Many congratulations to last year's winners and highly commended poets, gratitude to all entrants who trusted us with their words, and huge thanks as ever to the wonderfully generous adjudicators Ger Reidy, Geraldine Mitchell and John McAuliffe, for their time and thoughtful consideration of each of the many entries to the competition this year.

    1st Prize

    Cian Ferriter, 'Snowball'

    I have fallen out of the world
    this February night and landed here
    at the marsh’s edge, reeds about me
    like the masts of listing galleons.

    I can go no further. A newt
    flexes his crested spine like the dragon
    on the silk gown of the Emperor Zhu Di
    - he of Perpetual Happiness –

    as he watches what remains of his fleet
    limp into the swollen mouth of the Yangtze,
    mist rising, his eunuch entourage
    readying for retreat to the hills;

    his departure, later, marked by a single
    gong of the North Temple’s bell,
    horse hooves disappearing into the wood,
    the moon a snowball breaking on a black roof

    and landing now six hundred years on
    as droplets on my brow,
    my pallor the Emperor’s pallor
    as he starts at a rustle in the undergrowth

    and contemplates for the first time
    the terror of death.

    2nd prize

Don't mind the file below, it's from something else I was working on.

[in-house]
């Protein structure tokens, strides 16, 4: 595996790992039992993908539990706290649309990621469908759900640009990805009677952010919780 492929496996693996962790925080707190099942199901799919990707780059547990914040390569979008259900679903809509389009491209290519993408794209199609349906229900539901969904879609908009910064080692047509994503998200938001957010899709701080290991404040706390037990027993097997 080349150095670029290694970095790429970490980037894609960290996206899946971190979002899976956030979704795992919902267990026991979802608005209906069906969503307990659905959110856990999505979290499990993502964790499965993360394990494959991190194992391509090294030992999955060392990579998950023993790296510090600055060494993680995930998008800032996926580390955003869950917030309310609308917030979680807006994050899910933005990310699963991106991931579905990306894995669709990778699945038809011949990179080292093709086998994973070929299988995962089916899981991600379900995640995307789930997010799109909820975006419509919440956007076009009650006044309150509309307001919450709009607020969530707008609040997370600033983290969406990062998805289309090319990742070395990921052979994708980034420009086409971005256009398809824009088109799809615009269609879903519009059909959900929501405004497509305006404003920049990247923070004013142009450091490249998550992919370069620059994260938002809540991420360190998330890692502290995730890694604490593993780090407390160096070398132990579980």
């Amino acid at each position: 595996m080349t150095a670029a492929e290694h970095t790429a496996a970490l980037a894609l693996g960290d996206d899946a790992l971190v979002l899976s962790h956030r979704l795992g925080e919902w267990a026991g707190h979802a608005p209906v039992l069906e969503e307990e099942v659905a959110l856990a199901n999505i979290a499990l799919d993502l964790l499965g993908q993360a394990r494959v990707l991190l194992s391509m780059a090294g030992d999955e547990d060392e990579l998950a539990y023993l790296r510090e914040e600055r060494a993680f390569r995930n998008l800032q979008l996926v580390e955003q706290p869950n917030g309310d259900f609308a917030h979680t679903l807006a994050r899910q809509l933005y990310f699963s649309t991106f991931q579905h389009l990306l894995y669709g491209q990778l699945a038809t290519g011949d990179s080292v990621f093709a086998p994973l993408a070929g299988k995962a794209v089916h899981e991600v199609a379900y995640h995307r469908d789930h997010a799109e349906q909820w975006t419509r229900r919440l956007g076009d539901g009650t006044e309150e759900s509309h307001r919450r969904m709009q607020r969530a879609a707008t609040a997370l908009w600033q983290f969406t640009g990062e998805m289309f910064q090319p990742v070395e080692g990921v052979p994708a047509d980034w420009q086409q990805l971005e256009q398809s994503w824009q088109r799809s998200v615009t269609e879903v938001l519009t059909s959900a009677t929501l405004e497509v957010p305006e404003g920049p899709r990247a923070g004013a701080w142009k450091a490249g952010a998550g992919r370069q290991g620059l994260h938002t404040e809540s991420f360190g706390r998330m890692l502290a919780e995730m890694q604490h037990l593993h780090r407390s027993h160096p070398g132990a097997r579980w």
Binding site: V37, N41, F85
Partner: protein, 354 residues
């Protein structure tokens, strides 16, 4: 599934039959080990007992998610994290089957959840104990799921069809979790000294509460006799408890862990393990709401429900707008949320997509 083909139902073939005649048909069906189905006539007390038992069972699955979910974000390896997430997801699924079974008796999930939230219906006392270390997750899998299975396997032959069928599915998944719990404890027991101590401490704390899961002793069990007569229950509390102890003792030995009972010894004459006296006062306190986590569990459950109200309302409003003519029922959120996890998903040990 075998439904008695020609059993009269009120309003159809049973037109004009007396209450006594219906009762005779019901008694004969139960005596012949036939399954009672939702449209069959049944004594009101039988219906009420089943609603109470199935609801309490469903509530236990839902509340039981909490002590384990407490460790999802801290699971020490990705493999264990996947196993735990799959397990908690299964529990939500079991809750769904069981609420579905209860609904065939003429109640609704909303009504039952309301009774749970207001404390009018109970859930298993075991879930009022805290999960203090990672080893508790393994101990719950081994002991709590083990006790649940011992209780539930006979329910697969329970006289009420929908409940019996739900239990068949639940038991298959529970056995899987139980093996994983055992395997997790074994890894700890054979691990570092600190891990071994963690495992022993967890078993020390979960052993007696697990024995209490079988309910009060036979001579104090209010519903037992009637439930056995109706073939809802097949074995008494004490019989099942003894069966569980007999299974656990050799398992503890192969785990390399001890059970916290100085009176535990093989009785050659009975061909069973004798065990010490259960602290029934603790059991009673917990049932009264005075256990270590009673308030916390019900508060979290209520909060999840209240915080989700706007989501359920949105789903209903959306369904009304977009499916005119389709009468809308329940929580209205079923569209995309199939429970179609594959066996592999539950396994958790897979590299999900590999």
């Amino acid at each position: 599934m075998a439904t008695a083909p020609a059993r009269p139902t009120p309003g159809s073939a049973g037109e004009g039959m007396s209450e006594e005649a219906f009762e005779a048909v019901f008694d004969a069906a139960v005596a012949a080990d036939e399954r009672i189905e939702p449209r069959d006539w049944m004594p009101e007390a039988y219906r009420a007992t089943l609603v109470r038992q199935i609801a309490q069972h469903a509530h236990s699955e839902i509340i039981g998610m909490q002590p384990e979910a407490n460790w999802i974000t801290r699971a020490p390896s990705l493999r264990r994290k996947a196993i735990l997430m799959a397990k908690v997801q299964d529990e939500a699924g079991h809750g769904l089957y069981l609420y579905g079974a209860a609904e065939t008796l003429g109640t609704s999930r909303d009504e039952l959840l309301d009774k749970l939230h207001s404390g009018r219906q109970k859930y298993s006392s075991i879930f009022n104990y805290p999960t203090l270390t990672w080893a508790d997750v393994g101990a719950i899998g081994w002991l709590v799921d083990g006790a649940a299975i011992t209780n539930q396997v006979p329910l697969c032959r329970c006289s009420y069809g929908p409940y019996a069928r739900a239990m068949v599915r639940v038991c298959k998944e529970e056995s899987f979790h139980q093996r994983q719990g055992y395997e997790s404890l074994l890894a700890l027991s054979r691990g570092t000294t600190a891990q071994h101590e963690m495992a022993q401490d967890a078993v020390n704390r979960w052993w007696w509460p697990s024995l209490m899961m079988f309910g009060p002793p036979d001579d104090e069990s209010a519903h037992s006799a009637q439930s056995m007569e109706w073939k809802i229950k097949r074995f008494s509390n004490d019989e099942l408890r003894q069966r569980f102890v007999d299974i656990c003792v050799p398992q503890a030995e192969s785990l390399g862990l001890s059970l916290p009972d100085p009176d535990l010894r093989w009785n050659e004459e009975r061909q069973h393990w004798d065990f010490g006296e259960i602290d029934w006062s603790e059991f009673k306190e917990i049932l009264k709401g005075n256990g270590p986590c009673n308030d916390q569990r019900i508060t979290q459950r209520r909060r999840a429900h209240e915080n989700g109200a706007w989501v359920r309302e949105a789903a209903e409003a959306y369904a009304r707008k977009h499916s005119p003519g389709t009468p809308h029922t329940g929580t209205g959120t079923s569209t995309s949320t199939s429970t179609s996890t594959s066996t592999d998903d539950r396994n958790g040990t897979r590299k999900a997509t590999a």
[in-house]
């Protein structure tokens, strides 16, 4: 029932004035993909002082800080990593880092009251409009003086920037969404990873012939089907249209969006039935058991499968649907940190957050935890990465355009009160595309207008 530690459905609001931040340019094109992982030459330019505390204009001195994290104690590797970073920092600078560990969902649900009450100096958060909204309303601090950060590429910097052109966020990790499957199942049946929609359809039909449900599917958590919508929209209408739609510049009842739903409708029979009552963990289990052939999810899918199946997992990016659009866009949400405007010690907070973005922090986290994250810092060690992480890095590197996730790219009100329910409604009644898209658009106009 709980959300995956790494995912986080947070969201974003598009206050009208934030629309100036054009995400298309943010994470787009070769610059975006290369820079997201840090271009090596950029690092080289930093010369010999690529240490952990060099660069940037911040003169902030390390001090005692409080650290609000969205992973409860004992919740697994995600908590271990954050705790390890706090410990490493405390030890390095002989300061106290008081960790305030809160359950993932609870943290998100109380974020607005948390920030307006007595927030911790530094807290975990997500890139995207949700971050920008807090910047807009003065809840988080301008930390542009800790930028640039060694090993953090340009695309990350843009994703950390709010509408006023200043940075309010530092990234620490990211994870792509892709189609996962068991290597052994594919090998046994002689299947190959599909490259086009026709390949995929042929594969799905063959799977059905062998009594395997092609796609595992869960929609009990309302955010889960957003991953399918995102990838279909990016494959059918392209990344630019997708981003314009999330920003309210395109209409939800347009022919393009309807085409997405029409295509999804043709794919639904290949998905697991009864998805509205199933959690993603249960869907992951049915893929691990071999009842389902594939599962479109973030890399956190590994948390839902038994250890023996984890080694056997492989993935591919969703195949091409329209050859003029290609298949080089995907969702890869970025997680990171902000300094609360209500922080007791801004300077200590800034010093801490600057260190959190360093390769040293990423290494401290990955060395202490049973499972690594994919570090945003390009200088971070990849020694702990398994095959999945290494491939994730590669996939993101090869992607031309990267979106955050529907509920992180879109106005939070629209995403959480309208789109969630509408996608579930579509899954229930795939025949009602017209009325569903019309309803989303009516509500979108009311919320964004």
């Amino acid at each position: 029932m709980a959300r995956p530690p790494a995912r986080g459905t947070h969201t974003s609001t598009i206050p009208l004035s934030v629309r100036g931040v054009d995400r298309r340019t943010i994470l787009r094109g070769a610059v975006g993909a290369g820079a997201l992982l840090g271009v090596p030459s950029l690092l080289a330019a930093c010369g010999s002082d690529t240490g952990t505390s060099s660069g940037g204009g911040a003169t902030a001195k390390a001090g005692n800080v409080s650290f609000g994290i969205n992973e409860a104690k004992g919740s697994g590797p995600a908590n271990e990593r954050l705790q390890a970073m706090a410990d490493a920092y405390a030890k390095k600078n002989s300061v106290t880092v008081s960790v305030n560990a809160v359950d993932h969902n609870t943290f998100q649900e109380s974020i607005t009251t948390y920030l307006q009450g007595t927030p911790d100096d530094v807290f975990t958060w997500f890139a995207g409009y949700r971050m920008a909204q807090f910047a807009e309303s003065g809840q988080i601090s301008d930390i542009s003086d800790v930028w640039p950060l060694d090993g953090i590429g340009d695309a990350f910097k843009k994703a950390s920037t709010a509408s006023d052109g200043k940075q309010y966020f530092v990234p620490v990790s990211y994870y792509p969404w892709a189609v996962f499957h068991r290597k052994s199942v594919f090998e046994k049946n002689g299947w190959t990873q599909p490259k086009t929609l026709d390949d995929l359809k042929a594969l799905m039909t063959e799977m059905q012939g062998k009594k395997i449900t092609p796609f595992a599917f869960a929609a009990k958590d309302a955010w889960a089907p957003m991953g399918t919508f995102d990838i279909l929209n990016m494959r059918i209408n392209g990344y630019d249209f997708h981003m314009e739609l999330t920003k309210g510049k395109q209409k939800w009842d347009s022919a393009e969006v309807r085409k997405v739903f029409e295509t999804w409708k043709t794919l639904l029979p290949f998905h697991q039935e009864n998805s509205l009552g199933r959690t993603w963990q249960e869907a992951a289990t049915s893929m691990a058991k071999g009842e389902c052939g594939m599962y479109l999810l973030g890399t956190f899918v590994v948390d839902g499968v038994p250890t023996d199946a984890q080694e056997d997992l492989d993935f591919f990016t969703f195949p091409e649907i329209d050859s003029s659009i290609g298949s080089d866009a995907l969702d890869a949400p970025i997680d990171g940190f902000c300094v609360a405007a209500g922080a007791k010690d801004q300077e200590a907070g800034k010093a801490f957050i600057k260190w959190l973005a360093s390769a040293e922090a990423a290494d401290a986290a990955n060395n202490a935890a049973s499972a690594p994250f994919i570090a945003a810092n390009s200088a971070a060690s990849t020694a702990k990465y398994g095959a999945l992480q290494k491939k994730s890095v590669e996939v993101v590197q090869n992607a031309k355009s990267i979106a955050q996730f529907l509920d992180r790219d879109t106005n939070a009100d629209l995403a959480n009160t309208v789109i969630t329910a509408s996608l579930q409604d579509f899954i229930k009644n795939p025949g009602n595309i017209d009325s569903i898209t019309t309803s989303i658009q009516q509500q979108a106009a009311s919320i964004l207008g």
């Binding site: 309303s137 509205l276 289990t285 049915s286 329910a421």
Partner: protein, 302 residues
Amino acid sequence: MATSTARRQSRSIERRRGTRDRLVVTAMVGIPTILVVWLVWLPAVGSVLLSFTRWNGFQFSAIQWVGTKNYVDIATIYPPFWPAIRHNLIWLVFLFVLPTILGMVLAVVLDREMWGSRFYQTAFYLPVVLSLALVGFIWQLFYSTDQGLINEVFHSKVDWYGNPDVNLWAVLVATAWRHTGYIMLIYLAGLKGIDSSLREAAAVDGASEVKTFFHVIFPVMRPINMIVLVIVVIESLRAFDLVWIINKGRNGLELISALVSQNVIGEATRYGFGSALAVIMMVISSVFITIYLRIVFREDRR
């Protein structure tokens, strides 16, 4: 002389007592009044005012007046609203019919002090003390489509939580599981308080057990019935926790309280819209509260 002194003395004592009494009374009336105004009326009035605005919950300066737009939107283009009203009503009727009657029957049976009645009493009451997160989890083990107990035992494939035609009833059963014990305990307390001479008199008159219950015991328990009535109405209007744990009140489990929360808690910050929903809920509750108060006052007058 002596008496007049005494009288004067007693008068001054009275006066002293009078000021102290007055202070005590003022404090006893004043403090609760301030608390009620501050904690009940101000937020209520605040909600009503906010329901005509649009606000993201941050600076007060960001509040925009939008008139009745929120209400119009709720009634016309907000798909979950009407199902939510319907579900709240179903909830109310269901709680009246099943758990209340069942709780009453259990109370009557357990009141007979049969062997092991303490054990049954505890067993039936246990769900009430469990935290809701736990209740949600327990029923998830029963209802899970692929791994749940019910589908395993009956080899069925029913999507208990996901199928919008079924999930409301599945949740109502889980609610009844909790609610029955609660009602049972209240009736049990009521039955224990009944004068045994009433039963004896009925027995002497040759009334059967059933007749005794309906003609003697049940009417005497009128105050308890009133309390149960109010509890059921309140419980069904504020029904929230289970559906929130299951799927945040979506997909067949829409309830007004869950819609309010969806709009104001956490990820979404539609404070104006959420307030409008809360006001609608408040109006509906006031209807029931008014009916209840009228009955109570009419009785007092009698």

Jim Maguire, 'New Year, returning'

    The clichéd furnishings that constitute
    a home – the ingratitude, the slipshod ways – 
    falling like ploofs of snow from the boots
    you set to dry in the back hallway

    beside the roller-skates, the purple
    schoolbag passed-out on the tiles – 
    like a child's disowned shadow.  Outside
    the street is as calm and inscrutable

    as the night you left.  The dark music
    of parked cars, houses with nothing
    to sing about, yet which speak
    with an inwardness you take comfort in,

    the halo of reserve of things that have failed
    and been forgiven. Waking to the ping
    of the microwave, a house acting
    as if there's nothing to be explained,

    all you can hear is the rain.  You feel it
    for what it is, less an absence
    than an afterpain – a threadbare blanket
    folded on a bed, a dead incense 

    stick whose dream of coiling air